August 13, 2014

Bla olgamen

Today is the first anniversary of the passing of Mrs F. Roberts, the old lady who taught me more Marra than anyone else in the world. She was awesome. I miss her and it makes me so sad that the world is a lesser place without her in it. 

She was born c1930 at Limmen Bight and passed away August 13, 2013 surrounded by family at Ngukurr. She arrived at the Roper River Mission as a young girl speaking only traditional languages, including her own language Marra. She went on to become a senior health worker at the local clinic and worked there for decades. After she retired, she started doing more language work and I started working with her in 2005. Her knowledge of Marra was spectacular and she could read and write it well too. She also spoke Yanyuwa and Nunggubuyu. I loved working with her and feel so priveleged to have learned some Marra from her. She was absolutely integral to my PhD research. She was the last person in Ngukurr who is a fully-fluent first language speaker of Marra. Without her around, the Marra language has become even quieter, to an even more heartbreaking degree. May she rest in peace and her language and legacy live on forever. Below are a few words I gave at her funeral:

Ai nimin sabi dis olgamen wen imin helth weka ba yumob. Ai bin oni sabi im afta imin ritaiya en imin stat weking la Langgus Senta. Bat imin so humble det olgamen, ainimin sabi streitawei det imin sabi im langgus, Marra, rait thru. Ainimin sabi hau speshul dis olgamen was.

Antil wandei, wan important olmen from Darwin bin gaman. Im neim Ted Egan en imin Administrator blanga NT. Imin wandi jidan garrim dis olgamen en irrim im stori. Det olmen Ted bin askim im ba tok olawei burru Marra.

Ai nimin sabi det taim, det dis olgamen im yiligarri ba langgus. Bat ai bin gedashok wen imin tok Marra rait thru en dalim det olmen lilwan stori bla im laif. Dijan na sambala wed imin tok la det olmen:

Gana ginya n-Marra gana ngarl-ngamanji: ngina, gana ginya n-daway.
            Ngula na-munanga gana… girlg-nan.gay marluy.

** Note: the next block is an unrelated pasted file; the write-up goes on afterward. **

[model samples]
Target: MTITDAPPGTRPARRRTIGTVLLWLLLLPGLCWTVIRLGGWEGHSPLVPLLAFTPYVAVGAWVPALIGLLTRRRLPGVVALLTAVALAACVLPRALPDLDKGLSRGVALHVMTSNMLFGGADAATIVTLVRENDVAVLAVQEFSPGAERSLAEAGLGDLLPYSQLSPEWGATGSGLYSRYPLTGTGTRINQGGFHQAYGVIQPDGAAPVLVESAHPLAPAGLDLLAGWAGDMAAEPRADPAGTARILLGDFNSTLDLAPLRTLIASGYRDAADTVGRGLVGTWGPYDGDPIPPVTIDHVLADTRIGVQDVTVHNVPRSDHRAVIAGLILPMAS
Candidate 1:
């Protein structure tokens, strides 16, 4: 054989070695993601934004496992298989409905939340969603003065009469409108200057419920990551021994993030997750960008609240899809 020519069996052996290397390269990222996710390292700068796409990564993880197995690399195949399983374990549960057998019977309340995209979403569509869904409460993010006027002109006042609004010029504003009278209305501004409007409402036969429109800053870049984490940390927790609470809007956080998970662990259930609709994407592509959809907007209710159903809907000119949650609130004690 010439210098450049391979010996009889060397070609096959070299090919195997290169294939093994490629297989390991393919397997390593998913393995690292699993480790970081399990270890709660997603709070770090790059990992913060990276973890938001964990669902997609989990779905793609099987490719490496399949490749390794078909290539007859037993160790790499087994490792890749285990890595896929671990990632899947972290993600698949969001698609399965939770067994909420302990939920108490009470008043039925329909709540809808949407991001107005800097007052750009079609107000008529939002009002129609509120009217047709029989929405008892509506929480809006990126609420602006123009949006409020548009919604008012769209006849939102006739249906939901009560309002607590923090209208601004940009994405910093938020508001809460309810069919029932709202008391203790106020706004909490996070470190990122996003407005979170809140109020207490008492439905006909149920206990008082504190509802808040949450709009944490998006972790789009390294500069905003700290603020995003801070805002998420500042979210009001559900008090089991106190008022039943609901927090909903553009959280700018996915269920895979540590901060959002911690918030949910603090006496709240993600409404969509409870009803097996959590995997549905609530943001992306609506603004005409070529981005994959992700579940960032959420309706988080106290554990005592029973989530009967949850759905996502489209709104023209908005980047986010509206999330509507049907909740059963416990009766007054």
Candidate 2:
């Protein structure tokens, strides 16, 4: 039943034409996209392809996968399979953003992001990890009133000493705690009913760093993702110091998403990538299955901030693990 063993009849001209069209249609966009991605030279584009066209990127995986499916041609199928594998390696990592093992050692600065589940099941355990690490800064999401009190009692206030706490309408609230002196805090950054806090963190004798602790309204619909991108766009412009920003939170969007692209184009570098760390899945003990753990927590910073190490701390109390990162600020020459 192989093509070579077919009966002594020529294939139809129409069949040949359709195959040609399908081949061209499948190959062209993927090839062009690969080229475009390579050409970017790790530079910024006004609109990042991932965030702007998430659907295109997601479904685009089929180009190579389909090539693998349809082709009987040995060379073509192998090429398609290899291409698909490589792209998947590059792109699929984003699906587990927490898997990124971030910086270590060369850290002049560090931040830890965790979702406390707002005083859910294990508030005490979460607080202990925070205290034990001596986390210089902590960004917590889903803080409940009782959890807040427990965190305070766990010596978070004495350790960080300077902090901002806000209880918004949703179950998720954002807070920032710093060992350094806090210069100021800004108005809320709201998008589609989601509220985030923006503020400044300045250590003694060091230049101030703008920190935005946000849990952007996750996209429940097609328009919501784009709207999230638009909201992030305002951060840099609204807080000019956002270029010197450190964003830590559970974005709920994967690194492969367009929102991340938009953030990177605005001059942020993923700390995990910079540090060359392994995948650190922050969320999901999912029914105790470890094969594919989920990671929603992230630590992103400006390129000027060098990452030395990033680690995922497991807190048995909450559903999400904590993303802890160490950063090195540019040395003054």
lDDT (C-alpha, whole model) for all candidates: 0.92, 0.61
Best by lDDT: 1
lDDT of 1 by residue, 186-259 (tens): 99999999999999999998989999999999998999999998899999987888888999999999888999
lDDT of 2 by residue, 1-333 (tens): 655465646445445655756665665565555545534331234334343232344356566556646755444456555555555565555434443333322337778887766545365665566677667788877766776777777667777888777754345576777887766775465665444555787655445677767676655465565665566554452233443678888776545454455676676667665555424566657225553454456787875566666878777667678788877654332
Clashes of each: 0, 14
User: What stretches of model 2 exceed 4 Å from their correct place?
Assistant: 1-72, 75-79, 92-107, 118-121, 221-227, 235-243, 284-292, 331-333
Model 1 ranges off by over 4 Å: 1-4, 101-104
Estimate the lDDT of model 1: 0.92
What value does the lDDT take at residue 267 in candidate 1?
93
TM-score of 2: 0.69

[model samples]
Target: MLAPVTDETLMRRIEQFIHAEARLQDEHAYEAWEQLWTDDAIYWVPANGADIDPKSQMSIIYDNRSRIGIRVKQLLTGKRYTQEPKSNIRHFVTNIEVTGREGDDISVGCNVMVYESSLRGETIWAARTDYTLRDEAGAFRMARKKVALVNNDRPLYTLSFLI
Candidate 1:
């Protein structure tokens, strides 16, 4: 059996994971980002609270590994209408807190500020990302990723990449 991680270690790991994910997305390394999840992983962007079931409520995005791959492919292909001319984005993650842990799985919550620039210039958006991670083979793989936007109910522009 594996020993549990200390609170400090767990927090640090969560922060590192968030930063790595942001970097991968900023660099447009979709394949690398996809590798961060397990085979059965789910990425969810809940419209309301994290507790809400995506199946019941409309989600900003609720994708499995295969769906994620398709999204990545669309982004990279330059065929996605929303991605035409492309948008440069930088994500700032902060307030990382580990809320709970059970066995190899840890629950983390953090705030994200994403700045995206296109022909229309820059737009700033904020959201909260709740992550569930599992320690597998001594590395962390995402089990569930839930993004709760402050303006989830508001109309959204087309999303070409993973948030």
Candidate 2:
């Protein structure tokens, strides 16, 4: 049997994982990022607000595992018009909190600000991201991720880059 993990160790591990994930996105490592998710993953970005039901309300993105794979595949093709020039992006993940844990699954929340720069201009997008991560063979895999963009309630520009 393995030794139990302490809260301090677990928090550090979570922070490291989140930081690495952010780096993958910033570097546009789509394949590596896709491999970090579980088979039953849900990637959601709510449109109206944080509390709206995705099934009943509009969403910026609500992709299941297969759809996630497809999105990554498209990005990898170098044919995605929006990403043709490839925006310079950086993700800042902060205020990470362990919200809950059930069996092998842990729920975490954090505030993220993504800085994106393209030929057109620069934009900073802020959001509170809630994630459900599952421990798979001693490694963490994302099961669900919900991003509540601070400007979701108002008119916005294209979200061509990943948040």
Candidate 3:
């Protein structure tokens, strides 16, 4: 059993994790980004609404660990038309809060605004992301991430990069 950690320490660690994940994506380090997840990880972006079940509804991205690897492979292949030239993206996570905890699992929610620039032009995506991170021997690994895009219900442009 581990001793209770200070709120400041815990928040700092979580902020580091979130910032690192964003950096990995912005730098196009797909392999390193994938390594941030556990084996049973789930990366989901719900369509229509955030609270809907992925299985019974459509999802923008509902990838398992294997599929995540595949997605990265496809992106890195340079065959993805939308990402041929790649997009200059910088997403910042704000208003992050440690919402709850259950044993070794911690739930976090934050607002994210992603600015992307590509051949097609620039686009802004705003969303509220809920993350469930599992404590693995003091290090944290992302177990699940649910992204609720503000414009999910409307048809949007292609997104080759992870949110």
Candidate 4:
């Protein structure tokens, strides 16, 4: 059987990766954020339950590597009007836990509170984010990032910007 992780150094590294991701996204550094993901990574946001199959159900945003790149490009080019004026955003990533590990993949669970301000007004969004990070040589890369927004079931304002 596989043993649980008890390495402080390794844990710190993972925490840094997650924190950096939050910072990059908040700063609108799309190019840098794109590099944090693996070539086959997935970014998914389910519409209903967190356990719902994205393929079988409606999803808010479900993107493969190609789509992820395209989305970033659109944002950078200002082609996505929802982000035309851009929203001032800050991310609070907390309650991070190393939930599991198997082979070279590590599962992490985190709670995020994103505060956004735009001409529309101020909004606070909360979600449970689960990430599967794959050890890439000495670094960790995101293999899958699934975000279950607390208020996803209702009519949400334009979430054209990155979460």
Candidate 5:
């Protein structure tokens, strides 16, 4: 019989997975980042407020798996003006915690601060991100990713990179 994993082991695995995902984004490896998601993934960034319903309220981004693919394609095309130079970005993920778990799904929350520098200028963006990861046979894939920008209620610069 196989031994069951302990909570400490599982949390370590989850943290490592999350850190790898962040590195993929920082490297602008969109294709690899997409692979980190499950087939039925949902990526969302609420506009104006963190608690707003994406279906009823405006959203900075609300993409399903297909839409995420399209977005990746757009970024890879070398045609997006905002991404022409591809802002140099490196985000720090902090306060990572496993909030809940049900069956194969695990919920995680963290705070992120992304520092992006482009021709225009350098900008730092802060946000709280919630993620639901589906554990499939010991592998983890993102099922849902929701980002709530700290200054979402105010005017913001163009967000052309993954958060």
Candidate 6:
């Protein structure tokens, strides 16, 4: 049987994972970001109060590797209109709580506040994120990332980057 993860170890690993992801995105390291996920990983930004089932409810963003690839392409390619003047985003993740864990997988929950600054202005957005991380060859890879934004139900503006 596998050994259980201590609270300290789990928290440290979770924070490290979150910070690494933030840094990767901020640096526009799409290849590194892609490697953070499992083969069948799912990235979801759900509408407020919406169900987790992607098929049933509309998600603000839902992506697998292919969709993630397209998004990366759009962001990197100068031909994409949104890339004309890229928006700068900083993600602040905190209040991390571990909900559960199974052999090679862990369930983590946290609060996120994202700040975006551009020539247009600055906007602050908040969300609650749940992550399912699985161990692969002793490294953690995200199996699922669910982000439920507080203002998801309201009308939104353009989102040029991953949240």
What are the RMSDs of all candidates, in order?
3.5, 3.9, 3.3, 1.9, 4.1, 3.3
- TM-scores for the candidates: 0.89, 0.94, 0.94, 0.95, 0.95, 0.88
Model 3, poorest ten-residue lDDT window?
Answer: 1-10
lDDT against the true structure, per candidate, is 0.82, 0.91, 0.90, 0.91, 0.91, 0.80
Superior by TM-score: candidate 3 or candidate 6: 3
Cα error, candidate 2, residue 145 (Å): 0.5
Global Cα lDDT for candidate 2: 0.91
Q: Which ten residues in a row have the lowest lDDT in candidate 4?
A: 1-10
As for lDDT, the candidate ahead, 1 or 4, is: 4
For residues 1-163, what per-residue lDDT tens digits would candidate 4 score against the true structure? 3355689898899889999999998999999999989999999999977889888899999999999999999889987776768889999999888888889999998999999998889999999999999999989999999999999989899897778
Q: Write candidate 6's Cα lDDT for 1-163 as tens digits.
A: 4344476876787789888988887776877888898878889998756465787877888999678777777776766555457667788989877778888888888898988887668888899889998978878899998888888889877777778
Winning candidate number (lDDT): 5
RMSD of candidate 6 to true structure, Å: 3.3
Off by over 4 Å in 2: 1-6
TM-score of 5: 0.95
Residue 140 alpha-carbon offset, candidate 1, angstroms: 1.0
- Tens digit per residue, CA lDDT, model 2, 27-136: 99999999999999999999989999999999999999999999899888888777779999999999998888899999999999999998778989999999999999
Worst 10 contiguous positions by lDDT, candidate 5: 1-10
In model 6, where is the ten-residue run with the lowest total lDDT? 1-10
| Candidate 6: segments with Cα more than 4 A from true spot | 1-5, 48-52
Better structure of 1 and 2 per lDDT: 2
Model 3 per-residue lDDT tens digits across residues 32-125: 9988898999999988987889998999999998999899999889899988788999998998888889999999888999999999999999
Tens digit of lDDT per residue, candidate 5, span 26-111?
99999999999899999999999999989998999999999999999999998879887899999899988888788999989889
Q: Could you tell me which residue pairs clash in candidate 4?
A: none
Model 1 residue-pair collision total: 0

Bigana nimbirr-jangani wala wul-agagurr.

En det wed im min: dijan Marra mi toking, bla main langgus dijan iya. Munanga kaan digidawei, najing. Dumaji mi dalimbat ola biginini.

From det dei, wen imin tok lagijat la Ted Egan, ai bin sabi hau speshul dis olgamen is. Det yiya bin 2006, seven years ago.

En didei aim jis very happy det ai bin get to know dis olgamen en det ai bin abu tjens ba len lilbit Marra burru im. Imin duwum lorra wek bla langgus. Imin gu la skul titjimbat Marra. Mela bin oldei hambag la im, bobala, ba tok burrum Marra, pudumdan najawan stori. Wi bin rekodim lorra stori bla im, so im langgus im gin kipgon.

Bat stil, ai sabi wi kaan faindim natha olgamen laik im. En mi so sad didei, ba tok wan las taim la im: guda mingi.

Translation: I didn't know this old lady when she was your health worker. I only knew her after she retired and started working at the Language Centre. But she was so humble. Initially, I didn't realise that she spoke her language Marra fully fluenlty. I didn't realise how special she was. 

Until one day, an important man from Darwin came. His name was Ted Egan and he was the administrator of the Northern Territory. He wanted to sit with this old lady and listen to her story. Ted Egan asked her to speak only in Marra. 

At the time, I didn't know that this old lady was a Marra expert. I was taken aback when I heard her speak only in Marra and tell that old man (Ted Egan) a short story about her life. Here are some of the words she said to him:
Gana ginya n-Marra gana ngarl-ngamanji: ngina, gana ginya n-daway.Ngula na-munanga gana… girlg-nan.gay marluy.Bigana nimbirr-jangani wala wul-agagurr.
And those words mean: This here is Marra I am speaking: it's mine, this language. Europeans can't take it away from me, no. Because I'm teaching the children.

Since that day, when she spoke to Ted Egan like that, I knew how special this old lady is. That was in 2006, seven years ago.

And today, I'm just very happy that I got to know this old lady and had the chance to learn some Marra from her. She did a lot of language work. She taught Marra in the school. We would always bug her, poor thing, to speak Marra and record another story. We recorded a lot of her stories, so her language can continue.

But I know we won't find another elder like her. And I'm very sad today to say to her one last time "guda mingi" (goodbye).